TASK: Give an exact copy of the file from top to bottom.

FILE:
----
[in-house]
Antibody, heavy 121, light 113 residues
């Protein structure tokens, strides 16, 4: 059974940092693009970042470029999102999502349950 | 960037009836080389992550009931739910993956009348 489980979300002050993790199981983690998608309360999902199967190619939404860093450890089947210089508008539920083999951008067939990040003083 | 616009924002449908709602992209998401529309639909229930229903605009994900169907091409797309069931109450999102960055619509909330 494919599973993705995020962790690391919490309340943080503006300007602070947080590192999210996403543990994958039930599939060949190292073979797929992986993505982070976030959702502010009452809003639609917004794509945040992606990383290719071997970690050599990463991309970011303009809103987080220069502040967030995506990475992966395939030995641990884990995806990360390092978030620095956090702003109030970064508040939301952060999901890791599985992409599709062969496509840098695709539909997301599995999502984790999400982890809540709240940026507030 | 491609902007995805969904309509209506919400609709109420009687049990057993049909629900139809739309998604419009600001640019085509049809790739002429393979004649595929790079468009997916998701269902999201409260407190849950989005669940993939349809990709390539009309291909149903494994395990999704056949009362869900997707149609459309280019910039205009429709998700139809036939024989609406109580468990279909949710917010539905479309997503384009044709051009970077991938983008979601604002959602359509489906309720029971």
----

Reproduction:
[in-house]
Antibody, heavy 121, light 113 residues
């Protein structure tokens, strides 16, 4: 059974940092693009970042470029999102999502349950 | 960037009836080389992550009931739910993956009348 489980979300002050993790199981983690998608309360999902199967190619939404860093450890089947210089508008539920083999951008067939990040003083 | 616009924002449908709602992209998401529309639909229930229903605009994900169907091409797309069931109450999102960055619509909330 494919599973993705995020962790690391919490309340943080503006300007602070947080590192999210996403543990994958039930599939060949190292073979797929992986993505982070976030959702502010009452809003639609917004794509945040992606990383290719071997970690050599990463991309970011303009809103987080220069502040967030995506990475992966395939030995641990884990995806990360390092978030620095956090702003109030970064508040939301952060999901890791599985992409599709062969496509840098695709539909997301599995999502984790999400982890809540709240940026507030 | 491609902007995805969904309509209506919400609709109420009687049990057993049909629900139809739309998604419009600001640019085509049809790739002429393979004649595929790079468009997916998701269902999201409260407190849950989005669940993939349809990709390539009309291909149903494994395990999704056949009362869900997707149609459309280019910039205009429709998700139809036939024989609406109580468990279909949710917010539905479309997503384009044709051009970077991938983008979601604002959602359509489906309720029971």